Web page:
Thioredoxin-interacting protein promotes high-glucose-induced macrovascular endothelial dysfunction

Xiaoyu Li, Karen L. Kover, Daniel P. Heruth, Dara J. Watkins, Yanchun Guo, Wayne V. Moore, Luke G. He, Mengwei Zang, Mark A. Clements, Yun Yan

Research output: Contribution to journalArticlepeer-review

21 Scopus citations


Thioredoxin-interacting protein (TXNIP) emerges as a central regulator for glucose homeostasis, which goes awry in diabetic subjects. Endothelial dysfunction is considered the earliest detectable stage of cardiovascular disease (CVD), a major complication of diabetes. Here, we hypothesize that TXNIP may promote endothelial dysfunction seen in Type 1 diabetes mellitus (T1D). Using a T1D-like rat model, we found that diabetic rats showed significantly higher TXNIP mRNA and protein levels in peripheral blood, compared to their non-diabetic counterparts. Those changes were accompanied by decreased production of nitric oxide (NO) and vascular endothelial growth factor (VEGF), concurrent with increased expression of reactive oxygen species (ROS) and vascular cell adhesion molecule 1 (VCAM-1) in the aortic endothelium. In addition, TXNIP overexpression in primary human aortic endothelial cells (HAECs) induced by either high glucose or overexpression of carbohydrate response element binding protein (ChREBP), a major transcriptional activator of TXNIP, promoted early apoptosis and impaired NO bioactivity. The correlation between TXNIP expression levels and endothelial dysfunction suggests that TXNIP may be a potential biomarker for vascular complications in T1D patients.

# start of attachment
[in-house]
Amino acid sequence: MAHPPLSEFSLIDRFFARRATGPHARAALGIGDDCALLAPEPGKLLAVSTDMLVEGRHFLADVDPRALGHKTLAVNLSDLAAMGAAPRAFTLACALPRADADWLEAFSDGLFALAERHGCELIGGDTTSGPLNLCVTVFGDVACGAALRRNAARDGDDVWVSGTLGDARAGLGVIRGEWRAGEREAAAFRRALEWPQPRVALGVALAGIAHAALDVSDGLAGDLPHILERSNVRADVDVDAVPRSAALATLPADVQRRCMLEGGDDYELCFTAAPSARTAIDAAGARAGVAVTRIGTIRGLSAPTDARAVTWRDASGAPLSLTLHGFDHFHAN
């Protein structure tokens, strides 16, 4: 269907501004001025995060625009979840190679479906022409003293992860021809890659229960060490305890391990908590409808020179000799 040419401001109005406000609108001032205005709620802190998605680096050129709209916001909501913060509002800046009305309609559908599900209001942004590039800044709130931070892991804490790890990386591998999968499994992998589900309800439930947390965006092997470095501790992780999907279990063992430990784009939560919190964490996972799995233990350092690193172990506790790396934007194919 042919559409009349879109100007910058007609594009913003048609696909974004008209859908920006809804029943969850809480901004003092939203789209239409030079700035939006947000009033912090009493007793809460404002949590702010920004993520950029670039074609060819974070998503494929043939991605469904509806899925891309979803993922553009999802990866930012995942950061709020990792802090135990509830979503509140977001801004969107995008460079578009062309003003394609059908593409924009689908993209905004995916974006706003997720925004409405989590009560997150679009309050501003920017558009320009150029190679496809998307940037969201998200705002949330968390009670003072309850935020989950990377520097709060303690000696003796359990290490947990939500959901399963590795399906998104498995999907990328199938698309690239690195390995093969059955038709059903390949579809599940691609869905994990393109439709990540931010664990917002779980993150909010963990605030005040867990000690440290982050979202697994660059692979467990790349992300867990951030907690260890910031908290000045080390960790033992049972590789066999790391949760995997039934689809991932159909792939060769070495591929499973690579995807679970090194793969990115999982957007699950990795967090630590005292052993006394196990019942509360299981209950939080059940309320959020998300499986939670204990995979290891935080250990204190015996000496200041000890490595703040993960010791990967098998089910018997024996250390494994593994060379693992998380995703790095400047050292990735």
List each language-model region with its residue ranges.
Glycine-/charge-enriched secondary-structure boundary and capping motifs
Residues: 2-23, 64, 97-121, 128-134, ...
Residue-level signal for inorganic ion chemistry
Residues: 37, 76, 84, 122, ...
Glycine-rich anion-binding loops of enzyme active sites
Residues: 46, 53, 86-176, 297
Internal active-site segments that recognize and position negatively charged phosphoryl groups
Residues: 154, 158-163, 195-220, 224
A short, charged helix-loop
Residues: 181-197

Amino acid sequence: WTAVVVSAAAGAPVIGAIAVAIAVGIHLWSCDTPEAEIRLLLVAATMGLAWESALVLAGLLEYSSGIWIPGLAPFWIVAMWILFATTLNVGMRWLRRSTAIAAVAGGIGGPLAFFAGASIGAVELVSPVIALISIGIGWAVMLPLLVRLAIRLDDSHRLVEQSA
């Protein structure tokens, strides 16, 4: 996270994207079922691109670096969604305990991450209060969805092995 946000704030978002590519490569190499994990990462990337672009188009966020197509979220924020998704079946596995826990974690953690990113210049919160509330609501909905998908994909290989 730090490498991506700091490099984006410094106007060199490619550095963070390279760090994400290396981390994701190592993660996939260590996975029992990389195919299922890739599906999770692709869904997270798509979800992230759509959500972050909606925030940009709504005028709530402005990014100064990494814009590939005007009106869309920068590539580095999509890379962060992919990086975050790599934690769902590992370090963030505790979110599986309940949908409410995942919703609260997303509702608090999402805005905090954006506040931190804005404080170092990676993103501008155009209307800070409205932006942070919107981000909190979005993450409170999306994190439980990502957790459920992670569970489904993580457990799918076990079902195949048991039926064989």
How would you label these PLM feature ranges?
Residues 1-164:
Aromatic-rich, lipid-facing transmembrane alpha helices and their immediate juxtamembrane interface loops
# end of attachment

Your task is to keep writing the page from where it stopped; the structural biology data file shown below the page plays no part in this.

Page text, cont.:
Original languageEnglish (US)
Pages (from-to)291-297
Number of pages7
JournalBiochemical and Biophysical Research Communications
Issue number1
StatePublished - Nov 4 2017


  • Aortic endothelial cells
  • Cardiovascular disease
  • Diabetes mellitus
  • Endothelial dysfunction

ASJC Scopus subject areas

  • Biophysics
  • Biochemistry
  • Molecular Biology
  • Cell Biology


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